On Thursday, Sept. 18, CRDC hosted a meeting for local plant managers and safety and environmental staff regarding air quality issues as they impact our region. A presentation was given by Jim McGraw, air quality supervisor, and several other representatives of the Iowa Department of Natural Resources regarding the problems our area may be facing in order to maintain our attainment status.

First of all, you may ask, “what is ‘attainment status?’” In short, attainment status is the freedom for local industry to obtain permits for operations that have the potential to impact the quality of our air. Being in attainment area, means that new industry, or existing industry with plans to grow, can more easily get permission to do so.

Why has air quality become an issue in our area? Rest assured, it is not because we have seen a marked increase in emissions that affected air quality. Our local industries make a concerted effort to minimize their emissions as responsible corporate citizens. The problem is actually steadily increasing regulation of environmental issues. Of course, this is not a bad thing, but as standards become stricter, we must find ways to further reduce impacts in order to stay in compliance. In reality, the city of Clinton has hosted a monitoring station for 10 years. In that time, measurements there have stayed at relatively steady levels, and in recent years, have decreased.

What does this mean for economic development? It may seem odd to some that CRDC, as an economic development agency, would take on the issue of air quality, but falling out of compliance can have some very real consequences for future growth.

If our area should fall to the level of “non-attainment” status, the opposite end of the spectrum, the numbers and types of industry we can recruit to the region is greatly reduced. Local companies will also face challenges for expansion projects. Both of these would hamper our ability to create jobs and investment, and to retain what we already have.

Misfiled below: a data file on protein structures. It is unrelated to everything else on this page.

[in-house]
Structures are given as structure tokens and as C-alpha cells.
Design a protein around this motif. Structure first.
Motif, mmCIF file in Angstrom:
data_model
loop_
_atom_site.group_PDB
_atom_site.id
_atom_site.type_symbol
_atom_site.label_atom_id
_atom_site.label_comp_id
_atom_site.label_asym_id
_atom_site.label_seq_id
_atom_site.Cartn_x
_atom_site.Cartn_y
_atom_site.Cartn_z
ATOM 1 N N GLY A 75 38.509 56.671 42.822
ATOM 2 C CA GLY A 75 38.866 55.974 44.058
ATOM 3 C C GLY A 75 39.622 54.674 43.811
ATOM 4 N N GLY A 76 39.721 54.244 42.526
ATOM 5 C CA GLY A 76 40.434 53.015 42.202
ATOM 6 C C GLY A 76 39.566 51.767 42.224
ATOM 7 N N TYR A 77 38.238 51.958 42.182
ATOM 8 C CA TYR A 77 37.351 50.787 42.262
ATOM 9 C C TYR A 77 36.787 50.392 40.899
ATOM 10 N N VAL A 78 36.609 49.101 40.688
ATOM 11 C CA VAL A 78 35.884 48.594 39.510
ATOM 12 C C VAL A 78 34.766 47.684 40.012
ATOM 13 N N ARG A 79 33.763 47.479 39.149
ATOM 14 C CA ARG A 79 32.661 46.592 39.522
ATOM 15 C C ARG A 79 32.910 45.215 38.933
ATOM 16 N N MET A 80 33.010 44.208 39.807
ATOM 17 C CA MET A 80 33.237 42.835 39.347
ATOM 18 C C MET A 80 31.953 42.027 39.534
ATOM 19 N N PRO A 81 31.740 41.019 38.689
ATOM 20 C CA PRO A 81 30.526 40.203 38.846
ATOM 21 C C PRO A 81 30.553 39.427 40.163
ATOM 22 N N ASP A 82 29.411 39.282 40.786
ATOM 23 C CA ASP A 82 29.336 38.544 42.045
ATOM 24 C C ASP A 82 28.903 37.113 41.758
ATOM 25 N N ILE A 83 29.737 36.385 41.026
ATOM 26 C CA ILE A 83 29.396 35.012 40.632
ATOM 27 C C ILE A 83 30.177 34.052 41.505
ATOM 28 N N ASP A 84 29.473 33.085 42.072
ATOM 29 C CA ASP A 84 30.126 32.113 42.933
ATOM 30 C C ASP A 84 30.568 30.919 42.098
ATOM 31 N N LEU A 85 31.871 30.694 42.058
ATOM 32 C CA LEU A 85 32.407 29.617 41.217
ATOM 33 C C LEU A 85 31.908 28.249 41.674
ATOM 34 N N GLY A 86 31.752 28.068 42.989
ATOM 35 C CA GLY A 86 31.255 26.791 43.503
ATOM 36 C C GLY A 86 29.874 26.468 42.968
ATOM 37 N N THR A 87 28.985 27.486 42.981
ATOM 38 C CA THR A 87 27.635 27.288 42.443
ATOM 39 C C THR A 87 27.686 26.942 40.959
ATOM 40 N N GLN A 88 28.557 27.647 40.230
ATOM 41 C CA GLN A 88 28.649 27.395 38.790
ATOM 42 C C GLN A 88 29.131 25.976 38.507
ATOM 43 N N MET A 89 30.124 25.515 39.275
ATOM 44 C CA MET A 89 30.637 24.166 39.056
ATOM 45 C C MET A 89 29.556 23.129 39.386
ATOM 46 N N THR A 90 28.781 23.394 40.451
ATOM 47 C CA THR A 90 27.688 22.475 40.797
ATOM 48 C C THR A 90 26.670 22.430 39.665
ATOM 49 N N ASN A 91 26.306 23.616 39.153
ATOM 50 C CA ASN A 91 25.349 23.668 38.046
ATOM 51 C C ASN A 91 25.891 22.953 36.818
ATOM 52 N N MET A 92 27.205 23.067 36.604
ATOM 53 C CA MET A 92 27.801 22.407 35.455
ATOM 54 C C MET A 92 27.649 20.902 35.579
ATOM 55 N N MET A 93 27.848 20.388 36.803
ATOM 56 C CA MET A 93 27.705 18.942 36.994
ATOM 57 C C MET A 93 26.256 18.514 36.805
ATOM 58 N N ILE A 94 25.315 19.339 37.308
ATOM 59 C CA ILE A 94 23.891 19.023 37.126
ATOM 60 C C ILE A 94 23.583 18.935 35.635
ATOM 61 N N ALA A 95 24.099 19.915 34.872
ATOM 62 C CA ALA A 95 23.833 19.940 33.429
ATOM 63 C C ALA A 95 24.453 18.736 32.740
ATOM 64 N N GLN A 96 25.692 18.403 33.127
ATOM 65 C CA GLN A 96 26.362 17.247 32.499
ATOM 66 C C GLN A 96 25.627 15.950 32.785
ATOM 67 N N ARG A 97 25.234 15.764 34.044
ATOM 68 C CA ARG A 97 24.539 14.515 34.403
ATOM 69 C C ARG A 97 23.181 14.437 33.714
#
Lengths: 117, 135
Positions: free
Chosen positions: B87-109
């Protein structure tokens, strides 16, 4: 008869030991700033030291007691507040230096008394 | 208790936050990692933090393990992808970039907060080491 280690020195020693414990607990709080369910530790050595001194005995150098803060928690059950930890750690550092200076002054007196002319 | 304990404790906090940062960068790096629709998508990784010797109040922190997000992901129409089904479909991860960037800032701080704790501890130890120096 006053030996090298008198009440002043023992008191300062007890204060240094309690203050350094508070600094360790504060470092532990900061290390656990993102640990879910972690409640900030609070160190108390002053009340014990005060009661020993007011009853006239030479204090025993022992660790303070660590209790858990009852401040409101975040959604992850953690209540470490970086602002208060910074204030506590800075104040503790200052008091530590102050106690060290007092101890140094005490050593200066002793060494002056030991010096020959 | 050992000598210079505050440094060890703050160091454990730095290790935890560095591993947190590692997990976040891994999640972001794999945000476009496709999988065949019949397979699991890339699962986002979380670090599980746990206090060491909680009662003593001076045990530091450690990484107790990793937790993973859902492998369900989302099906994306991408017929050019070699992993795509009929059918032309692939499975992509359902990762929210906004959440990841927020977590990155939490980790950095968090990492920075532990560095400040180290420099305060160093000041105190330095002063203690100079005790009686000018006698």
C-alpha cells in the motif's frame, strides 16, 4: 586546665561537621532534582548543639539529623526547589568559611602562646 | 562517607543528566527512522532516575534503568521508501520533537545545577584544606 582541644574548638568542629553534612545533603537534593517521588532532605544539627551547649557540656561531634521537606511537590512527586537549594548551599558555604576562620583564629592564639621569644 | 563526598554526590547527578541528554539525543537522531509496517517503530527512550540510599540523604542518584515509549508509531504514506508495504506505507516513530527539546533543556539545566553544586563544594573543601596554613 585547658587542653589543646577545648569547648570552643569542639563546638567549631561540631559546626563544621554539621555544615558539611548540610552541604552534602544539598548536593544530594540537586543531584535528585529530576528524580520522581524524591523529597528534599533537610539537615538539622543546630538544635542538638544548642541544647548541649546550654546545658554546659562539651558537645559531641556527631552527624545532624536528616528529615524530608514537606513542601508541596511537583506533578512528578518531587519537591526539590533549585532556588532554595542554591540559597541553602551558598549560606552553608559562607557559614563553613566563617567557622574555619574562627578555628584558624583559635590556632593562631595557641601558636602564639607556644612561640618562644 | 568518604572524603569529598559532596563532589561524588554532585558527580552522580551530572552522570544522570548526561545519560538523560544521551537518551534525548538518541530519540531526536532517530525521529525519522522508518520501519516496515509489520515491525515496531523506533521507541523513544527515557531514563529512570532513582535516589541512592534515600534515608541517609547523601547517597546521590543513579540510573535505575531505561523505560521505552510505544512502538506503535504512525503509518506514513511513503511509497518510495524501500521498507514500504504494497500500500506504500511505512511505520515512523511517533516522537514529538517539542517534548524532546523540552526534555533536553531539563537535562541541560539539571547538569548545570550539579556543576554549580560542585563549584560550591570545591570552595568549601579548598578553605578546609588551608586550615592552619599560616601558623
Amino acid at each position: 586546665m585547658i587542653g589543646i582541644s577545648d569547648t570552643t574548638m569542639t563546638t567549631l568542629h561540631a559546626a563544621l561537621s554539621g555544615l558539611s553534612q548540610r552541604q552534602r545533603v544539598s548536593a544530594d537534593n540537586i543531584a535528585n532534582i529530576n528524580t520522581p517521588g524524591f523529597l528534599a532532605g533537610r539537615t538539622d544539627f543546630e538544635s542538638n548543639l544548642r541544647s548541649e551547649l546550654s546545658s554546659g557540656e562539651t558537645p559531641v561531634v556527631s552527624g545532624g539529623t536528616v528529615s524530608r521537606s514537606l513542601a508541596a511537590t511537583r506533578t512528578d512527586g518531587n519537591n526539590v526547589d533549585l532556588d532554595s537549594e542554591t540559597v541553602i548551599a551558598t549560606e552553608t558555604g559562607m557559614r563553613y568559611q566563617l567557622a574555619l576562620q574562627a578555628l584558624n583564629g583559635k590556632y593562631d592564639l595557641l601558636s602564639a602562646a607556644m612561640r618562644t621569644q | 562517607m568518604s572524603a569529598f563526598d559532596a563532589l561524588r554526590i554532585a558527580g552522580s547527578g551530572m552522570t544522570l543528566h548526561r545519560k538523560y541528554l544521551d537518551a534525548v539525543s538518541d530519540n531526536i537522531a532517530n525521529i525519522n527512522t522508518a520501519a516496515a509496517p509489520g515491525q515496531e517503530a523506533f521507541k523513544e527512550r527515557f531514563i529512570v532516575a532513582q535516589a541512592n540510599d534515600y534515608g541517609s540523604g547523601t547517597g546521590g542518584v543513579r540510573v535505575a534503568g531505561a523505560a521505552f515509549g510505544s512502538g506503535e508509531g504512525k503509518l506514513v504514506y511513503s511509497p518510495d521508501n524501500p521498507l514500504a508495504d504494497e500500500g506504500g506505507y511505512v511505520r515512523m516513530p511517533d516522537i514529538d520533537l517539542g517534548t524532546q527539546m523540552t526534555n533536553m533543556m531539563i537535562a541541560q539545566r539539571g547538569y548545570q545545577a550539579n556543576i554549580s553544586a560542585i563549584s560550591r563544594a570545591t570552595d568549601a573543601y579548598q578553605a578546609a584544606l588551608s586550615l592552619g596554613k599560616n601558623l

What is the solution? Some of our local companies have already begun addressing the issue of air quality. We will be enlisting their help to scrutinize the sources of any air quality problems and to implement ways to fix them. But industry isn’t the only impact on our air quality. Agriculture, transportation, residential areas can also have a large impact.

Here’s how you can help

n Keep vehicles well, maintained. Or better yet, find ways to drive less. Bike or walk whenever possible, use public transportation, carpool.

n Burning trash is allowed in some areas, but just because you can, doesn’t mean you should. Compost yard waste and other organic materials, and reuse or recycle whenever possible.

n Find ways to reduce energy consumption at home. Local utility companies offer free energy audits. They can recommend solutions like weather stripping for windows and doors, programmable thermostats, adding insulation, etc. The best part — all of these measures will also save you money in the long run.

These and more solutions are included in the IDNR publication called “100 Ways you can Save the Earth.” Check it out. And while you do your part, CRDC will continue to do our part, helping to create an environment in which we all can grow.



Steven Ames is the president and CEO of the Clinton Regional Development Corp.

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